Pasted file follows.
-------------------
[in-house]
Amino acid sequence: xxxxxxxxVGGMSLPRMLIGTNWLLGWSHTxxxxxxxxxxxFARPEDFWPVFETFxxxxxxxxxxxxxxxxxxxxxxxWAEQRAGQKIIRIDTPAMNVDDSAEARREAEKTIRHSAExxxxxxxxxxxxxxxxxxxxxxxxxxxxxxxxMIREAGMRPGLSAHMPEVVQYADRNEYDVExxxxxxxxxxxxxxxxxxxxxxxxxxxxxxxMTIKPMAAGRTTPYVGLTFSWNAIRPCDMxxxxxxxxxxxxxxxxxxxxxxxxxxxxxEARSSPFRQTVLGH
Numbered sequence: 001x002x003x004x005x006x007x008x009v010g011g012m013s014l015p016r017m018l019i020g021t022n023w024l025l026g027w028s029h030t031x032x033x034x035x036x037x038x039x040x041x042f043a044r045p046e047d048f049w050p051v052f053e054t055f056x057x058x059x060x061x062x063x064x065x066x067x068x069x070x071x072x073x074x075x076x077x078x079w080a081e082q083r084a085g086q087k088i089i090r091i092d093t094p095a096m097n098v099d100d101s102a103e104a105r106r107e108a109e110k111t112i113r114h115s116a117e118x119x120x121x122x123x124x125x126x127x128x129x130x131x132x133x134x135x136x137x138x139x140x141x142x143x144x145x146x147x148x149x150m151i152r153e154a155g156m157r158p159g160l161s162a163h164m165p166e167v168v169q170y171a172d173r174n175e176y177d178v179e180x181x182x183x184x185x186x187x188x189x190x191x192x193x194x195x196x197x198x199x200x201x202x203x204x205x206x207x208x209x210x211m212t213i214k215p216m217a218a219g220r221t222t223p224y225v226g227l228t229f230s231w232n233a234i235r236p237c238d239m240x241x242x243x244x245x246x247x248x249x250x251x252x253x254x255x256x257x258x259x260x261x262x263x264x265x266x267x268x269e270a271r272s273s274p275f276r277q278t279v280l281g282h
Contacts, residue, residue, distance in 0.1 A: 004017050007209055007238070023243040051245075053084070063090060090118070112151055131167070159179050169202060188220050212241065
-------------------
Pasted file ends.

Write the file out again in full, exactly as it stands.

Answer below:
[in-house]
Amino acid sequence: xxxxxxxxVGGMSLPRMLIGTNWLLGWSHTxxxxxxxxxxxFARPEDFWPVFETFxxxxxxxxxxxxxxxxxxxxxxxWAEQRAGQKIIRIDTPAMNVDDSAEARREAEKTIRHSAExxxxxxxxxxxxxxxxxxxxxxxxxxxxxxxxMIREAGMRPGLSAHMPEVVQYADRNEYDVExxxxxxxxxxxxxxxxxxxxxxxxxxxxxxxMTIKPMAAGRTTPYVGLTFSWNAIRPCDMxxxxxxxxxxxxxxxxxxxxxxxxxxxxxEARSSPFRQTVLGH
Numbered sequence: 001x002x003x004x005x006x007x008x009v010g011g012m013s014l015p016r017m018l019i020g021t022n023w024l025l026g027w028s029h030t031x032x033x034x035x036x037x038x039x040x041x042f043a044r045p046e047d048f049w050p051v052f053e054t055f056x057x058x059x060x061x062x063x064x065x066x067x068x069x070x071x072x073x074x075x076x077x078x079w080a081e082q083r084a085g086q087k088i089i090r091i092d093t094p095a096m097n098v099d100d101s102a103e104a105r106r107e108a109e110k111t112i113r114h115s116a117e118x119x120x121x122x123x124x125x126x127x128x129x130x131x132x133x134x135x136x137x138x139x140x141x142x143x144x145x146x147x148x149x150m151i152r153e154a155g156m157r158p159g160l161s162a163h164m165p166e167v168v169q170y171a172d173r174n175e176y177d178v179e180x181x182x183x184x185x186x187x188x189x190x191x192x193x194x195x196x197x198x199x200x201x202x203x204x205x206x207x208x209x210x211m212t213i214k215p216m217a218a219g220r221t222t223p224y225v226g227l228t229f230s231w232n233a234i235r236p237c238d239m240x241x242x243x244x245x246x247x248x249x250x251x252x253x254x255x256x257x258x259x260x261x262x263x264x265x266x267x268x269e270a271r272s273s274p275f276r277q278t279v280l281g282h
Contacts, residue, residue, distance in 0.1 A: 004017050007209055007238070023243040051245075053084070063090060090118070112151055131167070159179050169202060188220050212241065